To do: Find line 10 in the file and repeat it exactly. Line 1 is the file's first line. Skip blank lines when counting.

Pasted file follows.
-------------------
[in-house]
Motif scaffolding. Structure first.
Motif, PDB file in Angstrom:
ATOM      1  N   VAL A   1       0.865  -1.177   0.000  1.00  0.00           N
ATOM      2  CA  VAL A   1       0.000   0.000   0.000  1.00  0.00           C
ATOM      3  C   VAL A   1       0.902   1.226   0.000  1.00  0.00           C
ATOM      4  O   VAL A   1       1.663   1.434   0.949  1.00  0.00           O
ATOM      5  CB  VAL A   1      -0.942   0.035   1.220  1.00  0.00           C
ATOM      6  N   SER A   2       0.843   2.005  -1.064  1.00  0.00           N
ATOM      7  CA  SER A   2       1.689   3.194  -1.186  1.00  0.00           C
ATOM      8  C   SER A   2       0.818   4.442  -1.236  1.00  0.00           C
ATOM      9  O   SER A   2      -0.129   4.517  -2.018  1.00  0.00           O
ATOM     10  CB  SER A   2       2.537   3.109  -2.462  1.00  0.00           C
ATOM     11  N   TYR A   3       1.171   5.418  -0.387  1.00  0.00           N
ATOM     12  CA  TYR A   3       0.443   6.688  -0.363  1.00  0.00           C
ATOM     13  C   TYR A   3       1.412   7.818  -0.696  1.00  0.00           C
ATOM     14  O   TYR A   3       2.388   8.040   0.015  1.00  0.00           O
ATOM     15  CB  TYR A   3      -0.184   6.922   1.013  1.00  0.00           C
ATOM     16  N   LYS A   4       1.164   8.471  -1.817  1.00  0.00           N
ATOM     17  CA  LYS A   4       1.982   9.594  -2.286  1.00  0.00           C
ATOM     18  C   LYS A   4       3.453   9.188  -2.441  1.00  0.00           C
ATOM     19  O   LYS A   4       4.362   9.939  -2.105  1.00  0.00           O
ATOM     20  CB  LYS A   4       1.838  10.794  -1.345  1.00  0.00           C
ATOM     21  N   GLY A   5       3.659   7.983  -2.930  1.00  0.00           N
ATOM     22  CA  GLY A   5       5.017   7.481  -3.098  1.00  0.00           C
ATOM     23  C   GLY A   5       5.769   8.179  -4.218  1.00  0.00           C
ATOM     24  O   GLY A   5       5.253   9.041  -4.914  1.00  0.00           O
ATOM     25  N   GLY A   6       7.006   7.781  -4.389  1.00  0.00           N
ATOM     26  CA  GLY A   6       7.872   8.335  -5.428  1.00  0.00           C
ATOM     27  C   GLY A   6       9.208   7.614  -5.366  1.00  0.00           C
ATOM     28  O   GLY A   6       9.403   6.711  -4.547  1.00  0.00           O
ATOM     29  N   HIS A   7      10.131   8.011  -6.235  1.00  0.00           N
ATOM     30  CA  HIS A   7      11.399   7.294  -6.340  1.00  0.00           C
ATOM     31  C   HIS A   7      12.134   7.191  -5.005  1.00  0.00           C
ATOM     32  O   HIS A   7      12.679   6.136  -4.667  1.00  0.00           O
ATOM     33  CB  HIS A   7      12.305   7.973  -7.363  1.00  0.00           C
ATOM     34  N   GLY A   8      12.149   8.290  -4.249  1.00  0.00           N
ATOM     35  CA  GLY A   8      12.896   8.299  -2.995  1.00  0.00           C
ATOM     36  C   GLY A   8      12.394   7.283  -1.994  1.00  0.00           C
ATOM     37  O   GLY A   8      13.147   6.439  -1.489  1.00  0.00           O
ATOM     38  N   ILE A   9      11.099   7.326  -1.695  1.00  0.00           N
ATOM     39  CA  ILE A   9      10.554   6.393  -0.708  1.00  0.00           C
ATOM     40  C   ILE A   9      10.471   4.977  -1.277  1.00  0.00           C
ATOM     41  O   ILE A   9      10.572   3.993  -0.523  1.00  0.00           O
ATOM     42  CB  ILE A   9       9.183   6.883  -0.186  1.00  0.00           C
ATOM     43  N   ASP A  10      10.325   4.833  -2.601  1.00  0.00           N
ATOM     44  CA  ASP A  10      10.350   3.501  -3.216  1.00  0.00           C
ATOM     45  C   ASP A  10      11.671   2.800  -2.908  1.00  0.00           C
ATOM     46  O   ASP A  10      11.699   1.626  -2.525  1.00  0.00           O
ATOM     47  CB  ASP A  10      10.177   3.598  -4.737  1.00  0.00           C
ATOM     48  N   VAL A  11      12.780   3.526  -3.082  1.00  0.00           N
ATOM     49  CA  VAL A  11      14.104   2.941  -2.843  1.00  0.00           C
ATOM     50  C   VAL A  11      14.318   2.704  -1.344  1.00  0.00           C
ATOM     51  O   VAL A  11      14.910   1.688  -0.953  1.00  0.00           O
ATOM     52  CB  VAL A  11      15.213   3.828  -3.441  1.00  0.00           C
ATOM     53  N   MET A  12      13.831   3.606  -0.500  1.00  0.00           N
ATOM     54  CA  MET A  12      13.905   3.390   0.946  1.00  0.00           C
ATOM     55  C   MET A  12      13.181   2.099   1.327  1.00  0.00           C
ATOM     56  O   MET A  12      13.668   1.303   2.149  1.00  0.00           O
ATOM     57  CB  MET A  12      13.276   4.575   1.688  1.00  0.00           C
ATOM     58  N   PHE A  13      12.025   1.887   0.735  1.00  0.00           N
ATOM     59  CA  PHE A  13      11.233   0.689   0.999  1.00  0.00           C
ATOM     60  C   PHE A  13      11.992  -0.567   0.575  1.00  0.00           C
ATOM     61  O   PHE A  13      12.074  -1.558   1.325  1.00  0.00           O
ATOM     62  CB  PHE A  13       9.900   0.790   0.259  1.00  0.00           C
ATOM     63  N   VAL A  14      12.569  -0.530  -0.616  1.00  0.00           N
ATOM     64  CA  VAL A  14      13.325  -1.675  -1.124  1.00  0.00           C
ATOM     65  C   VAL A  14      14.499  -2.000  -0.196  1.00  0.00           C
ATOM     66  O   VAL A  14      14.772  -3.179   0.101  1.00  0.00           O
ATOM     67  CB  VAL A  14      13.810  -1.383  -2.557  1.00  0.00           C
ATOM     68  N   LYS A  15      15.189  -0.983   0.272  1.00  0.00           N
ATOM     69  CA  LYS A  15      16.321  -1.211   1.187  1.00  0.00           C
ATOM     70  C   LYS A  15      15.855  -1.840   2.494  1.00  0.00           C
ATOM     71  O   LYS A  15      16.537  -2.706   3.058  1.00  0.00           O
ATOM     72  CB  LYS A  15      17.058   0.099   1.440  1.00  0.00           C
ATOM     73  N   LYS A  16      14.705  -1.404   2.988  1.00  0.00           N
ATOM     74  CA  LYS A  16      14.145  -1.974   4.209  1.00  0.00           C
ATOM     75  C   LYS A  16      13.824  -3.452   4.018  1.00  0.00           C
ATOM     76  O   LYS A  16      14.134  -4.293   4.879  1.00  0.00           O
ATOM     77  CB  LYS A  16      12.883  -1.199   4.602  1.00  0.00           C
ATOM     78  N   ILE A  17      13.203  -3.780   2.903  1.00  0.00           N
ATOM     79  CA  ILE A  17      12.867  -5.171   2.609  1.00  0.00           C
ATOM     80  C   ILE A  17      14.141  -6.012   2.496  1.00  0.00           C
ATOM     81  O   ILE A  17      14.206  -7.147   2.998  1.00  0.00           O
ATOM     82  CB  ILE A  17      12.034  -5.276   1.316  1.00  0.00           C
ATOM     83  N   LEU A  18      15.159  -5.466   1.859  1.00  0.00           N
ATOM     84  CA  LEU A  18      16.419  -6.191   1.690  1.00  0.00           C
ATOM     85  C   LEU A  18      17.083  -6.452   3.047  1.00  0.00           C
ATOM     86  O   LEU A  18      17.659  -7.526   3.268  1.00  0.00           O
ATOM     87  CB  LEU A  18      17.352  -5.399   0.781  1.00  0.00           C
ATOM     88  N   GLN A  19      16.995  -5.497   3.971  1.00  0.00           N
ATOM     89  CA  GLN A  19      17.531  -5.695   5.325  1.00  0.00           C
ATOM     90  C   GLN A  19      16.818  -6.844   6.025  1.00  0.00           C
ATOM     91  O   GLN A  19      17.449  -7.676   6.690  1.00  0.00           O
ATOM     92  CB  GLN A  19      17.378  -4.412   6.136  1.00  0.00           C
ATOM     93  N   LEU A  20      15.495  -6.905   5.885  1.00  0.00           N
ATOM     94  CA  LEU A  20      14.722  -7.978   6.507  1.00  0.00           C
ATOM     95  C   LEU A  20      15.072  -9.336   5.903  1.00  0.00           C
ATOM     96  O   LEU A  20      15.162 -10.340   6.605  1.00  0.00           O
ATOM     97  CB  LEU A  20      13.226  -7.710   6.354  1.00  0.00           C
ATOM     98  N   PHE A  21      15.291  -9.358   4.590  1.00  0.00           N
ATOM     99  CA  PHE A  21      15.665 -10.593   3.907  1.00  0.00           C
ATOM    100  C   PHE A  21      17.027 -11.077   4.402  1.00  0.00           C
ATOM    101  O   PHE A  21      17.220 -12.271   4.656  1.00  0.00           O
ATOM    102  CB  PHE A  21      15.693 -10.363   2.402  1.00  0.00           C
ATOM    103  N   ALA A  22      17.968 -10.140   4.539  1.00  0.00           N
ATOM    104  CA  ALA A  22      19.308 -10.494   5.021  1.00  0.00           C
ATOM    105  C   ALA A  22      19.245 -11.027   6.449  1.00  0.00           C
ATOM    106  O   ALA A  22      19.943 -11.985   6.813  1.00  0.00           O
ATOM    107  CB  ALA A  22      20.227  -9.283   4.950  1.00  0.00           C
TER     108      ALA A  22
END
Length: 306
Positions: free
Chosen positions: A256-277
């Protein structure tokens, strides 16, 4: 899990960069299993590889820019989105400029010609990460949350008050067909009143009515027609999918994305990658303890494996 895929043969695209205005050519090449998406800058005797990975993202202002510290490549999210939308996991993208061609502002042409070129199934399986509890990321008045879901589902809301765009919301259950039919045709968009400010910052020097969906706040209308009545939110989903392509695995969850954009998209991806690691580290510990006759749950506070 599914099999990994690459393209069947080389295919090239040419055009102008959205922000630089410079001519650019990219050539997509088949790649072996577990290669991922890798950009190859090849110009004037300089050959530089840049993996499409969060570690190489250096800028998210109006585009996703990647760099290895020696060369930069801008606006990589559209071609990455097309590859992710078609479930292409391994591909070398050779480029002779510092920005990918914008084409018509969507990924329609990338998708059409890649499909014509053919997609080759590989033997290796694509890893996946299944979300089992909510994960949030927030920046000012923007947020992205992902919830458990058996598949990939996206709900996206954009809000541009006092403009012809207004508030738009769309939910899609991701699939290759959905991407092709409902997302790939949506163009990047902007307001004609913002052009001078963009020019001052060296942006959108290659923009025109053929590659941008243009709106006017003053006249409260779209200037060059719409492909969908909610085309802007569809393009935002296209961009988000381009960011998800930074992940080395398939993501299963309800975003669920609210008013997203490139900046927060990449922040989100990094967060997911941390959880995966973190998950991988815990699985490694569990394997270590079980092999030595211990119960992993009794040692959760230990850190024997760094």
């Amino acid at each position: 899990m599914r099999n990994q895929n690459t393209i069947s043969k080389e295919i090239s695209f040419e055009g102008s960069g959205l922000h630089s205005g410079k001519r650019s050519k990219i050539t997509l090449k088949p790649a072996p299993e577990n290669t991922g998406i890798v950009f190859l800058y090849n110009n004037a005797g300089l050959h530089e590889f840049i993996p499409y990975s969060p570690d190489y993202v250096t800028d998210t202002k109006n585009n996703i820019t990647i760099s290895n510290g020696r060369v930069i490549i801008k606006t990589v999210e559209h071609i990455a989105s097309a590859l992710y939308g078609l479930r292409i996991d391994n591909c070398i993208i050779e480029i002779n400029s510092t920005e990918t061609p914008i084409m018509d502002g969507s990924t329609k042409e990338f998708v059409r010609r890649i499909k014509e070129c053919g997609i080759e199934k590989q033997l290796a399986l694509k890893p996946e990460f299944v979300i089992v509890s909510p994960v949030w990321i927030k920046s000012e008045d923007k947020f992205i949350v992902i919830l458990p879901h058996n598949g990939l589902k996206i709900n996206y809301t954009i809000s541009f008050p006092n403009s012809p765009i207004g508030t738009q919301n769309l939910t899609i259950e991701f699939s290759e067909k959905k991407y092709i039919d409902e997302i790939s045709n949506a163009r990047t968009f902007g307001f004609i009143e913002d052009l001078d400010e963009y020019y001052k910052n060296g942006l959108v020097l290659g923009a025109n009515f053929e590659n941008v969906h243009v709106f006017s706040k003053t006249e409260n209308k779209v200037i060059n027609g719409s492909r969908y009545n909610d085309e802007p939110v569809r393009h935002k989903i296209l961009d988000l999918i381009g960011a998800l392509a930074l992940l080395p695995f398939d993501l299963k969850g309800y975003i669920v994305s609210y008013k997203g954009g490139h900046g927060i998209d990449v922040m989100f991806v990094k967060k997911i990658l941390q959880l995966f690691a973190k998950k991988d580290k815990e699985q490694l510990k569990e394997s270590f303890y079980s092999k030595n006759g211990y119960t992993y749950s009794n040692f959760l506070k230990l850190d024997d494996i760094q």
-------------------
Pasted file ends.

ATOM      7  CA  SER A   2       1.689   3.194  -1.186  1.00  0.00           C